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the matter. >> that's right. actually i was against those leaks, too, i said it on your show dozens of times. the fact is, let's find out what this information is. you guys are trying to figure out why the president tweeted as he tweeted. it all goes back to this question about whether or not once again these investigators, different investigators this time, have leaked the fact that the president is being investigated. >> i don't think that's an issue at all. you want your situational integrity. no white house i've ever been involved with gave information the way this one does, if you want to worry about leaks, maybe you should start there. >> i agree. fair point. >> comey telling the president that he wasn't the subject or whatever he used about the investigation, comparing that to what mueller might be doing. comey could not logically have been looking at his own ouster because it hadn't happened yet. so what does that have to do with whether mueller is looking at this situation which comey said on the stand he is sure he is, which makes perfect sense,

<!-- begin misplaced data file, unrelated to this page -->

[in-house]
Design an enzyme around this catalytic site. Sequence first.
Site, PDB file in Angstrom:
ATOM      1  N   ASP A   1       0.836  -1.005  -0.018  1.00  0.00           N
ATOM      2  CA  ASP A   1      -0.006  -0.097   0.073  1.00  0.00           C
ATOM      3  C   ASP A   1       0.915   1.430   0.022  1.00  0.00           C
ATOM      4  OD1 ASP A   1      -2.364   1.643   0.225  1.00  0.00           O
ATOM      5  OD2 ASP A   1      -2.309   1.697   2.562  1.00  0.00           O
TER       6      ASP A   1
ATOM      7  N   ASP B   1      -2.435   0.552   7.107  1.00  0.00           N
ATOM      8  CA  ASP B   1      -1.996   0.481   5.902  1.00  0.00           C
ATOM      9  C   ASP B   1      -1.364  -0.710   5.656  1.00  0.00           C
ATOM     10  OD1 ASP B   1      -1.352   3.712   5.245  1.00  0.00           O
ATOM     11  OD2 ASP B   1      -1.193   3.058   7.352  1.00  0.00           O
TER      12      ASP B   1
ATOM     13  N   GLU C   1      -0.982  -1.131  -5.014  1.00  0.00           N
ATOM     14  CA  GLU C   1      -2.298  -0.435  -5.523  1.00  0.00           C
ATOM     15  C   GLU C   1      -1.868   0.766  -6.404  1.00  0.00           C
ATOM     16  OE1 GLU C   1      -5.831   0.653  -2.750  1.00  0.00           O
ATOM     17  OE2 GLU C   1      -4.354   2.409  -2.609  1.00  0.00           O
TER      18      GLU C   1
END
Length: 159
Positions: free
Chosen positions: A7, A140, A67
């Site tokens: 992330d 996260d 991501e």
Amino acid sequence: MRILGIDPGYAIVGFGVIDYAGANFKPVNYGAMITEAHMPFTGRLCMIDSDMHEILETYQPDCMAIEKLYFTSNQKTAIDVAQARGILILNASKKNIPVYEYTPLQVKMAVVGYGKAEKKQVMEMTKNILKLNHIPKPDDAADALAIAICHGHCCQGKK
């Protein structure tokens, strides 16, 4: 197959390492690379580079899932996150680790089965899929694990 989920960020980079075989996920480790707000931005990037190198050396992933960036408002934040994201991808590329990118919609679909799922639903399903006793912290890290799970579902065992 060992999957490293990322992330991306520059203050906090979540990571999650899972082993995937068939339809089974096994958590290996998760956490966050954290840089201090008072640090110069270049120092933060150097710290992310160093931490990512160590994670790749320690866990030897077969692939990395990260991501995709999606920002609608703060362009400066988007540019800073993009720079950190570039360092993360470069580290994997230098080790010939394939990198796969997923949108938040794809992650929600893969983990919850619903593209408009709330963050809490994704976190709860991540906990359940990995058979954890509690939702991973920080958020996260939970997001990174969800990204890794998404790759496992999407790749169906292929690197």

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that he would be? >> if that's aimed at me, i would say we're reliving the same nightmare which is investigators working for jim comey leaked that the president was being investigated. jim comey had to personally knock that down for the president three times. then everybody reported he's not being investigated. then there's a brand new leak and now they're saying the president is being investigated. jay sekulow is right to say, hey, why don't you just tell us? >> first of all, jay could pick up the phone and know as counsel for the president. the idea that it's a mystery or unless he's told, which is very unusual, by the investigators himself, he can't know. that's a specious premise. >> it's not. >> of course it is. kendall, let me bring you in on this discussion. the idea that, well, comey said he wasn't being investigated but there were leaks that he said he was. do you see that as something that sheds doubt on whether or not it is knowable that mueller would be looking at the firing